The Commercial Observerreports that the low-key strip on 31st Street and 35th Avenue with HomeMark 99¢ on the corner is set to be torn down and replaced with an “Astoria Artisan Food Hall.” Developer Vass Stevens Group bought the strip at 34-39 31st Street last October and already got rid of the tenants and demolished the interiors, apparently. It plans to divide the building into eight storefronts and aims to include, says the Observer, “a coffee roaster, a microbrewery, a specialty dessert bakery and an Asian concept.” There was also mention of “ethnic Hispanic concepts… Fitness concepts, performance groups and creative tenants.” Continue reading “HomeMark 99¢ strip on 31st Street to become “Astoria Artisan Food Hall””
The N/W stations at 36th and 30th avenues have opened, along with Hunters Point South Park Phase 2, making for one, (almost) perfect week of summer, before the Broadway and 39th Avenue stations shut down on July 2 for eight months. As noted elsewhere, the stations still don’t have elevators. The idea of a shuttle to elevator-stations has been floated.
I haven’t seen the 30th Ave station yet (or taken the train at either) but did see the funky glass walls at the 36th Ave station. Not sure what they were going for or who designed this.
With some good news for the elevated N/W line in Astoria comes a new idea. Last Wednesday the MTA presented Community Board 1’s transportation committee with a plan to build much-called for elevators at the Astoria Boulevard station. Today, the board voted unanimously to send a letter (posted below) to NYC Transit proposing a permanent shuttle along 31st Street to bring even more accessibility along the whole elevated line. Anyone who needs an elevator would be able to take the two-way shuttle to Astoria Boulevard or down to the Queens Plaza station for the E, M, or R trains. Thirty First Street is currently served by the Q102 bus between 30th Avenue and Queens Plaza (map PDF).
Councilman Costa Constantinides, screenshot from City Council webpage
Councilman Jimmy Van Bramer, screenshot from City Council webpage
The Astoria Postreports that City Councilman Costa Constantinides is probably eyeing the Queens borough president seat for 2021 when Melinda Katz vacates. Constantinides, who is serving his final term as council-member, held a fundraiser with a maximum donation of $3,850, the top limit allowed for borough president. A flyer for the fundraiser reads, “I hope I can count on you as we expand upon our legacy and fight for higher office after my current term ends.” If true, this makes the second city council member from Western Queens eying the beep race. It was revealed in February that Councilman Jimmy Van Bramer formed a Queens Borough President exploratory committee.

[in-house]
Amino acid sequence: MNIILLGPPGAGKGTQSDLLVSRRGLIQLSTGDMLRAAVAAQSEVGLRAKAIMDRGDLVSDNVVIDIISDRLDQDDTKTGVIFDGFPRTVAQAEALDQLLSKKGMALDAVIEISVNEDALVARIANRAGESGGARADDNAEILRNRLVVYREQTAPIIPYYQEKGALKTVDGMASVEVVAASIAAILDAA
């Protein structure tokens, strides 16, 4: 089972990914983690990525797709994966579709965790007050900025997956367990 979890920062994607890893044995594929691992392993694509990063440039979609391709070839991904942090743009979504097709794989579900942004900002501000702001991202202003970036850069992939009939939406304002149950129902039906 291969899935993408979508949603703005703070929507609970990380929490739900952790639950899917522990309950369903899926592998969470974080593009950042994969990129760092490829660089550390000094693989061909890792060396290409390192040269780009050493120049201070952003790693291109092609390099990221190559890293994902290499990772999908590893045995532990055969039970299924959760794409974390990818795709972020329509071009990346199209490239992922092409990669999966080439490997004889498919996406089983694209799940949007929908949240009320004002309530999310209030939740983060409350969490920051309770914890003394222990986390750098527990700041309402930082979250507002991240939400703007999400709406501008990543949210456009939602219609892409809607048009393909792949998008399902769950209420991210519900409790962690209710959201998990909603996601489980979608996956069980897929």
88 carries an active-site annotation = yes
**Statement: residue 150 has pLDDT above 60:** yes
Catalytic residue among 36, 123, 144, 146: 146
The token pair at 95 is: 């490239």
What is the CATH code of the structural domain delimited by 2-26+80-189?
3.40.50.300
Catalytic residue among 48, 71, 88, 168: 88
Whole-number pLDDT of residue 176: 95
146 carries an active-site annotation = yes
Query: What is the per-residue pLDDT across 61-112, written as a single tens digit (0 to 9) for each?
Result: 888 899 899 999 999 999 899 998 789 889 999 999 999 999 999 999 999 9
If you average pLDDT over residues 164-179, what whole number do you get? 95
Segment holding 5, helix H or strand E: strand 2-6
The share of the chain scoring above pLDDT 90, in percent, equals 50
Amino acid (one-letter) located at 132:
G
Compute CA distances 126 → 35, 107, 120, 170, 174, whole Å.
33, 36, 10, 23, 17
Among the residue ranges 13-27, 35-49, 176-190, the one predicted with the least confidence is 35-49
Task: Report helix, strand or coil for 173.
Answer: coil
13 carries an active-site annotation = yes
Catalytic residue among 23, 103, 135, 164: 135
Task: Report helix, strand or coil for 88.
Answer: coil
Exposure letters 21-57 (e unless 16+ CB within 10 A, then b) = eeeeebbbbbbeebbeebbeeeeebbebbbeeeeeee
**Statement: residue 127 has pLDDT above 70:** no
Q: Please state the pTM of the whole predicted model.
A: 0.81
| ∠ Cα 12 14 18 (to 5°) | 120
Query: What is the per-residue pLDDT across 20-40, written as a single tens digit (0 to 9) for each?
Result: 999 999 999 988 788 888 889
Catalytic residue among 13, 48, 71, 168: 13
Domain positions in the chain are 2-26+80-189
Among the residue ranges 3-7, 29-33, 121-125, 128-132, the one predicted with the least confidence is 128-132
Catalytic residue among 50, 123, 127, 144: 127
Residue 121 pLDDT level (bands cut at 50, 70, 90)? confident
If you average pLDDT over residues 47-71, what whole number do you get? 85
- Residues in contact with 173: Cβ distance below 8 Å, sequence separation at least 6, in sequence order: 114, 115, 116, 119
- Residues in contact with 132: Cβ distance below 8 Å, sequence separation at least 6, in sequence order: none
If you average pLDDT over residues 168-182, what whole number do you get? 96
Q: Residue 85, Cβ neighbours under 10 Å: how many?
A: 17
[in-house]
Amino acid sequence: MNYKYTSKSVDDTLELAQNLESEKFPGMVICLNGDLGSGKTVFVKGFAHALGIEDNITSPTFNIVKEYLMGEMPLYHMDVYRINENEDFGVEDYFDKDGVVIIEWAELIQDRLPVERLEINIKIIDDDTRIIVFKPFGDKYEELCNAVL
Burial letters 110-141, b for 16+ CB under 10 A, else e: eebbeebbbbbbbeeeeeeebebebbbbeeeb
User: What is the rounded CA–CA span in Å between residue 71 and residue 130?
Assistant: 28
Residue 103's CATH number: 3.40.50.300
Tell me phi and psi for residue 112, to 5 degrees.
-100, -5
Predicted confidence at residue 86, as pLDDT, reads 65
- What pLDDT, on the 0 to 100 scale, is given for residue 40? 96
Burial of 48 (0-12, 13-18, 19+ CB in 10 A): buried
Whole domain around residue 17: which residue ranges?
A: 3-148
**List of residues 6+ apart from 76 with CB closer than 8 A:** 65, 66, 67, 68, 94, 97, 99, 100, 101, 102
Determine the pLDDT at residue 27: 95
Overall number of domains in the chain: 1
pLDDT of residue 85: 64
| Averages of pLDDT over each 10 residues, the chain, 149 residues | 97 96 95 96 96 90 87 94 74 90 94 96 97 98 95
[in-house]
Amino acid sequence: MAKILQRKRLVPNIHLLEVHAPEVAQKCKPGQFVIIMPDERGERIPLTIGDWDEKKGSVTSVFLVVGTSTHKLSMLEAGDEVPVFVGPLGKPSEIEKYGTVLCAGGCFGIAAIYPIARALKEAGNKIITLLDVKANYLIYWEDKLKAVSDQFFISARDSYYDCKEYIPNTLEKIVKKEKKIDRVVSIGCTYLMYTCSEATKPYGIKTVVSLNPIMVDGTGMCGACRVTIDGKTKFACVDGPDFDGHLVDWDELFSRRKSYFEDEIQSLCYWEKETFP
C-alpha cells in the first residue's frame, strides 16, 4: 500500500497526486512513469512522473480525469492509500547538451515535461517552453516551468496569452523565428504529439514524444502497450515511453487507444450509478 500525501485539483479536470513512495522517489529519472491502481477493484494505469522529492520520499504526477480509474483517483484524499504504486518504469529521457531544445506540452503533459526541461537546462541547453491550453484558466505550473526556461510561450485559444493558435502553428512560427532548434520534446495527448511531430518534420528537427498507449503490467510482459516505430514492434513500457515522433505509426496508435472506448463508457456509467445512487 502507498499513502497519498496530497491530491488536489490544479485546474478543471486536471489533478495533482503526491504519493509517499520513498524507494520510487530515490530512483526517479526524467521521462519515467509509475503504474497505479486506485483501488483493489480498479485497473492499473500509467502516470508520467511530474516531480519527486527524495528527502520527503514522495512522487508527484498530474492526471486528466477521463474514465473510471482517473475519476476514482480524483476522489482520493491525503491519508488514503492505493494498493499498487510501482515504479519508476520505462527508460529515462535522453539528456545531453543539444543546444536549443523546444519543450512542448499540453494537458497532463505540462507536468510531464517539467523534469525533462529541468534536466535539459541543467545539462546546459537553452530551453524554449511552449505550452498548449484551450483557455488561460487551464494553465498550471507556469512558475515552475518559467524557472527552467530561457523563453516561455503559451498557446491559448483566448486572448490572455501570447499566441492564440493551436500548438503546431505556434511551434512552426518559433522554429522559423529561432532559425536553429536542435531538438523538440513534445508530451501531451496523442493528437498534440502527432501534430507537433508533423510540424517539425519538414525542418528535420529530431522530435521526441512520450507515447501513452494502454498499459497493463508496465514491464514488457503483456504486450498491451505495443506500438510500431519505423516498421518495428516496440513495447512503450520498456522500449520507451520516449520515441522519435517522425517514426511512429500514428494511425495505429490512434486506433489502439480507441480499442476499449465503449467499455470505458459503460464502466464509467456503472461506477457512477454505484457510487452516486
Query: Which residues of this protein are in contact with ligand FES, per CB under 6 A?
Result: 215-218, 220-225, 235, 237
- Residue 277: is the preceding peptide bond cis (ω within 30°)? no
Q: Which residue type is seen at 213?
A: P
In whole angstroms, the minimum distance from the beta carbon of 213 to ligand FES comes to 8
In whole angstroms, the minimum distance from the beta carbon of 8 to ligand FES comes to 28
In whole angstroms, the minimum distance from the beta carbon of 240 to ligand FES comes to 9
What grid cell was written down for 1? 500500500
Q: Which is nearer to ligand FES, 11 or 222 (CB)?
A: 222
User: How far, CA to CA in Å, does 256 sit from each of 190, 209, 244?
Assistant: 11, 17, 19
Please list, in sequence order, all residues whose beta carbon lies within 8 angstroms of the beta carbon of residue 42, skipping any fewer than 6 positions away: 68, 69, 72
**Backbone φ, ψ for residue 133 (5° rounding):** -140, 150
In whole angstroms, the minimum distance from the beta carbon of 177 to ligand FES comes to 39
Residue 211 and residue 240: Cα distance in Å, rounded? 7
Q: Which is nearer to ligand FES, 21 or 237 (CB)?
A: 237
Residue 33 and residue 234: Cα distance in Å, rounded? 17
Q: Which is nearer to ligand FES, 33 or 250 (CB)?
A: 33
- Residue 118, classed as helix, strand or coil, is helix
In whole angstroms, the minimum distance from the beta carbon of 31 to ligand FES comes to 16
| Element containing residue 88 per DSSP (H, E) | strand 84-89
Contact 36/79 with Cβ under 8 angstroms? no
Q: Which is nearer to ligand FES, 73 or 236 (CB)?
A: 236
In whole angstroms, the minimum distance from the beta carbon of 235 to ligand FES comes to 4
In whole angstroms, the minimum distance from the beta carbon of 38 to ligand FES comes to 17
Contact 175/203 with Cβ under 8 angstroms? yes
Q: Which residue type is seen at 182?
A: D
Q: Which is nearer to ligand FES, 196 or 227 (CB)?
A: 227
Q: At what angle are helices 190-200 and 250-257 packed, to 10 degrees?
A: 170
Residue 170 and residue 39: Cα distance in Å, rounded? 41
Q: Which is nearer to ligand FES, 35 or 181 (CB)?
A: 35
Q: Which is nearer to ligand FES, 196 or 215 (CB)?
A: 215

Participatory budgeting, where council district constituents get to vote on how to spend a million bucks, starts today in districts 26 (Long Island City, Sunnyside and Woodside) and 22 (Astoria, East Elmhurst, Jackson Heights and Woodside too).
In Astoria, items up for a vote include a hydroponic science lab at LIC High School, lighting upgrades at Astoria Houses Community Center, a tool shed at Two Coves Community Garden and road surfacing.
In LIC, items include bus countdown clocks, trees, a gym at Queensbridge Park, a soil science lab at Ravenswood Houses, tech upgrades at P.S. 112 in Dutch Kills and other schools and playground renovations at P.S. 111 in Ravenswood.
A $33.3 million deal was made to put up a seven story, 200-unit, mixed-use building in Dutch Kills at 37-11 30th Street, Real Estate Weekly reports.
“Dutch Kills, which sits just south of Astoria, has not seen the same level of investments as other sections of Long Island City, such as Hunters Point, Court Square and the area around Queensborough Plaza. Before Avenue and Slate bought the 37-11 30th Street, the only high-end housing project in the area was the Lightstone Group’s ARC complex, which is located two blocks to the south.”
Sometimes I wonder if Astoria (not Jackson Heights) is actually the most diverse neighborhood in the United States. In any case, it’s diverse for sure and has a lot of immigrants. And maybe that makes State Assemblywoman Aravella Simotas suited for fighting the U.S. Commerce Department’s decision to include a citizenship question on the 2020 Census.
In a letter to Secretary of Commerce Wilbur Ross, Simotas writes:
“As a representative of a diverse community in New York that is home to a large population of immigrants, I am deeply concerned that a citizenship question would deter many of my constituents from participating in the census and prevent them from receiving critically needed resources over the next decade.”
I’m not sure where other Queens lawmakers are on this. Mayor Bill Bill de Blasio and Attorney General Eric Schneiderman protested the concept in February. Googling the World’s Borough on the issue, I found a quote from Queens College professor Andrew Beveridge, who told the Washington Post the citizenship question would shift representation to Republican districts. “All of the districts with non-citizens in them and all of the districts with kids in them would have less representation.”
Simotas argues in her letter that most people in her district live in “hard-to-count” neighborhoods and only 68.4% of households returned their questionnaires for the 2010 census.
Secretary Ross has argues it will be worthwhile. “The citizenship data provided to DOJ will be more accurate with the question than without it, which is of greater importance than any adverse effect that may result from people violating their legal duty to respond,” Ross said, The Hill reported.
Simotas argues that her district, with it’s history of already low questionnaire turnout, will be worse off. “With heightened fears of immigration enforcement and anxieties over the confidentiality of census data, it will be even more challenging to collect and complete, accurate information.”